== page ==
Switzerland’s 2-0 EURO qualifying win at home to Croatia last October was understandably extra significant for Ana, but even more so because it was held in Thun’s Stockhorn Arena, just a few miles from her home. Oh, and she scored the opener.
For arena memories from back in Switzerland, she has many, in fact.
“I was at the Lenny Kravitz concert once and he was amazing; it was in Locarno at the Moon & Stars Festival, and it was a really nice one in the old city, the old town. It was Lenny Kravitz one night and then the other night I went to Alicia Keys.
“I love festivals; we always have one in Bern, on the mountain (Gurtenfestival). I was at the Rihanna concert in 2016 in Frankfurt, Pink I mentioned.
“Justin Bieber I saw in Bern, but that was more like there were some tickets left and I went with my friends; it was cool, it was okay, but I don’t think it was live!”
As those who were following EURO 2017 closely may recall, current Switzerland coach Nils Nielsen vowed he would give a guitar performance in the press conference if his Denmark team won the tournament. That one sadly never came to pass, but what if Ana could secure herself an audience spot at a live show from any artist or band from all-time?
“I would go, first of all, ABBA; I would love to have those four on the stage again. Queen, for sure.
“I think those two, I would really love to be at the concert. Maybe AC/DC.”
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At one of her former clubs, though, the players well and truly get to be the rock stars. Her two seasons in the United States’ National Women’s Soccer League had the Rose City as her home, with season one at the Portland Thorns yielding five goals and taking her all the way to the Championship game.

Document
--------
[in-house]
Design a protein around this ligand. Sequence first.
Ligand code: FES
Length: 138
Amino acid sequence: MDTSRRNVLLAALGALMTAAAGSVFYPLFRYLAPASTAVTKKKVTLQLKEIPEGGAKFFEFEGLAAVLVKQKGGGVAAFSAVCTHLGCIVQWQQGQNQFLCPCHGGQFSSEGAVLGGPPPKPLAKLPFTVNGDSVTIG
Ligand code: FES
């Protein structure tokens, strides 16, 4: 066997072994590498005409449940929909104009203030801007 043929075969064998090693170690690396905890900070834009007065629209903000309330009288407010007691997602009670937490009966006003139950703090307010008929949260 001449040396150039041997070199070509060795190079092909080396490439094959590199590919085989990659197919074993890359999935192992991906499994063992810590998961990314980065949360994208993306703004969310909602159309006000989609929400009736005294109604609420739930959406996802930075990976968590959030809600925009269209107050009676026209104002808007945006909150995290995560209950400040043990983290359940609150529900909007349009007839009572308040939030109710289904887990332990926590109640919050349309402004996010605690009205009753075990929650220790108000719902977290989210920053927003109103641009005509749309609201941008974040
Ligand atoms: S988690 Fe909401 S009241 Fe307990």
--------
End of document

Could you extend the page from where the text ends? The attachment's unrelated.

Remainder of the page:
There is currently no club-level theatre in the women’s game that can consistently match Providence Park, and the adoring natives were treated to delightful link-ups like Ana and Tobin Heath in the 4-0 win over Utah Royals in July 2018. In the first minute, Heath lifted a pass into Ana. Under pressure with her back to goal, she touched back to the US star, who flighted a first-time finish home from the edge of the box. Ana would later stroke home the third goal.
Her first Thorns strike, though, came away from home, down in Houston, and she would make a habit of scoring against the Dash. Goals aside, that Texas cauldron is something she hasn’t forgotten, as she brings up when reflecting on life in the US.
“Obviously, to play in Portland in front of 20,000 people, that is amazing. The fans are so cool, that was insane, and I wish those amounts of people would be everywhere in the world for women’s football.
“(Playing in the US) was a lot, it was so much stuff. The travelling, the first year of that was actually almost killing me!
“That was so tough, and I’ve never been in Houston before, where you play and it’s 8pm and it’s still so hot, and the humidity is killing you. You go for four days on an away trip and they give you money per diem, so you can go and eat wherever you want; I think that’s a new way to learn to take care of yourself.
“In Germany, it was way more like ‘everyone has to be at breakfast, everyone has to be at lunch, everyone has to be at dinner.’ We always eat together in the hotel, and it’s very strict, where we always have the same shorts on, same shirt, same shoes.
“That’s a very Switzerland/Germany thing, but in America, it was like ‘oh, you can come in flip flops, you can come whenever you want.’ People being with the phone on the table while they’re having lunch, that’s absolutely no go in our national team, like no chance you’re gonna be on the phone while we’re eating; just different cultures.